The piece is called "Cello Melody"
This is called a portato marking.
In your example, the portato is notated with staccato markings (the dots) along with tenuto markings (the dashes). In addition to this notation, you'll also occasionally find portato notated as staccato notes within a larger slur (instead of including the tenuto markings).
For strings, it indicates a slight articulation of each note while still being within a single bow stroke. For other instruments, it's often described as a "pulsing" articulation. I recommend imagining yourself as a string player, and really envisioning what it would be like to play the notes with a single stroke while still adding in a slight articulation for each.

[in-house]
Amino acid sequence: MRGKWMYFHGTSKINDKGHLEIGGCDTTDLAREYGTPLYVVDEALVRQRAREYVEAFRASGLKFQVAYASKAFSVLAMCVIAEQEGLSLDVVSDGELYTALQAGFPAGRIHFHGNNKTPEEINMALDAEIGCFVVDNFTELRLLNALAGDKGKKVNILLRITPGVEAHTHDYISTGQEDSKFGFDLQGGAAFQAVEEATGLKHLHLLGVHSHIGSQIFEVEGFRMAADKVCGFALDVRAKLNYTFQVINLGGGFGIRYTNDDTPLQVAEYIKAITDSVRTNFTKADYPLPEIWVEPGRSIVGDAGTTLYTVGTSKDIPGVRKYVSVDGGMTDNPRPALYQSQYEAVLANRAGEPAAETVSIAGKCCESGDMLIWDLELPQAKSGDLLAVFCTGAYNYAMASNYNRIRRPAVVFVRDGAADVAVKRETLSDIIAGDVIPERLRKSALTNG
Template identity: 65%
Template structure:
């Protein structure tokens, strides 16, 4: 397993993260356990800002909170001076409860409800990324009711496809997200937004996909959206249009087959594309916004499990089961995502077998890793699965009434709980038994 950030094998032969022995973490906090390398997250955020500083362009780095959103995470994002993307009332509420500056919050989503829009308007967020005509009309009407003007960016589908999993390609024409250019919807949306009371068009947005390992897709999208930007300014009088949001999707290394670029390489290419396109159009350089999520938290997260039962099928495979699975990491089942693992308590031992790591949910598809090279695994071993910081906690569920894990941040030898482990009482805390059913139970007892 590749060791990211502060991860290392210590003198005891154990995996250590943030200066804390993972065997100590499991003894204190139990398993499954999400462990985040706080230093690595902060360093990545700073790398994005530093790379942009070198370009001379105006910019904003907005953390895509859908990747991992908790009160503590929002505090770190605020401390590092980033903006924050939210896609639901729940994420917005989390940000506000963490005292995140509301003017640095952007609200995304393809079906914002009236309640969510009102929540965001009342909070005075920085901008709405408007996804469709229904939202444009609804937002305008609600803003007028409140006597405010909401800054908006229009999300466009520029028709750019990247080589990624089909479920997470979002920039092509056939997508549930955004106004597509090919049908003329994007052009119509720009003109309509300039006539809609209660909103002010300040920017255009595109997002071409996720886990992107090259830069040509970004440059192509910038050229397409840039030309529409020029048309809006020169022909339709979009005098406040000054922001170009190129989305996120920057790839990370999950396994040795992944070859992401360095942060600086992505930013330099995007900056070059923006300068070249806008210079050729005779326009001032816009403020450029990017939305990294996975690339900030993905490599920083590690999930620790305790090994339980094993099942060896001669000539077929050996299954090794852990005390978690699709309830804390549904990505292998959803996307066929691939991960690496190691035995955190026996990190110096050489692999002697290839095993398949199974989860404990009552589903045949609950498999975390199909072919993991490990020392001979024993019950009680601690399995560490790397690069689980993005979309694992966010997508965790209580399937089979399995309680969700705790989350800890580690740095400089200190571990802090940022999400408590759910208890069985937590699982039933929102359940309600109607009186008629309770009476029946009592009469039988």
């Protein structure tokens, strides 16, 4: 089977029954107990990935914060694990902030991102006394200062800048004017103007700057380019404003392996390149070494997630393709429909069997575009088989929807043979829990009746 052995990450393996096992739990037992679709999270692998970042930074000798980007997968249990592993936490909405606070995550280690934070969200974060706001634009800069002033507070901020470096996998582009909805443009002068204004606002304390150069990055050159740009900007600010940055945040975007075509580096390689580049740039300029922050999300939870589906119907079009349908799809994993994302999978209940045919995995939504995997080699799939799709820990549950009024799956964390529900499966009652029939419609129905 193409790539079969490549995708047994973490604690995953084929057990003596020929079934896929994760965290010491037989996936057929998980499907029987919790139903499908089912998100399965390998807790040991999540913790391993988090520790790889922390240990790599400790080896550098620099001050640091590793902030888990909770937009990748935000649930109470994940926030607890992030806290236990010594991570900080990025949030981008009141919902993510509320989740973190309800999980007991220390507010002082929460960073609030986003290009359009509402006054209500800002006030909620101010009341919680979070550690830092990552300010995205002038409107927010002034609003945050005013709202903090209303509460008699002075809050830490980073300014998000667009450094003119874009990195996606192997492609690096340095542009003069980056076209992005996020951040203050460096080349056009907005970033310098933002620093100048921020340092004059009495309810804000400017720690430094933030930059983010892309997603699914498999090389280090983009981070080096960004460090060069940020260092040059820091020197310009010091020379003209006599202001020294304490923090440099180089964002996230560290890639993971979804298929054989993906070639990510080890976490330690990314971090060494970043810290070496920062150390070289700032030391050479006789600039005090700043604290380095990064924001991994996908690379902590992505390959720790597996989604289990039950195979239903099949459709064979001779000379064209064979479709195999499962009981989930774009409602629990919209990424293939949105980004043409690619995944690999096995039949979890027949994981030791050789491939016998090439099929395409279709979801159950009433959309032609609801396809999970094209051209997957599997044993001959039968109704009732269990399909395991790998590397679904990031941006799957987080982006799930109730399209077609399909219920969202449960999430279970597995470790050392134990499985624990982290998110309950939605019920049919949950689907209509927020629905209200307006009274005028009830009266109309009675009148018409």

Further reading is available on the Wikipedia page for portato.
Somewhat of contradiction in terms, seemingly!
Staccato (the dot) meaning to be played fairly short - around half the shown length - while the line means hold the note for at least its full duration!
That said, in string playing, there's slight separation of the notes - even more confounding - but I guess this isn't for string playing, even given the 'Cello melody' title, as three simultaneous note playing is rare there. However, on stringed instruments, it is played making the melody line with the same bow direction, with a slight gap between each note. Not particularly applicable here, with triads on piano.
Named - loure.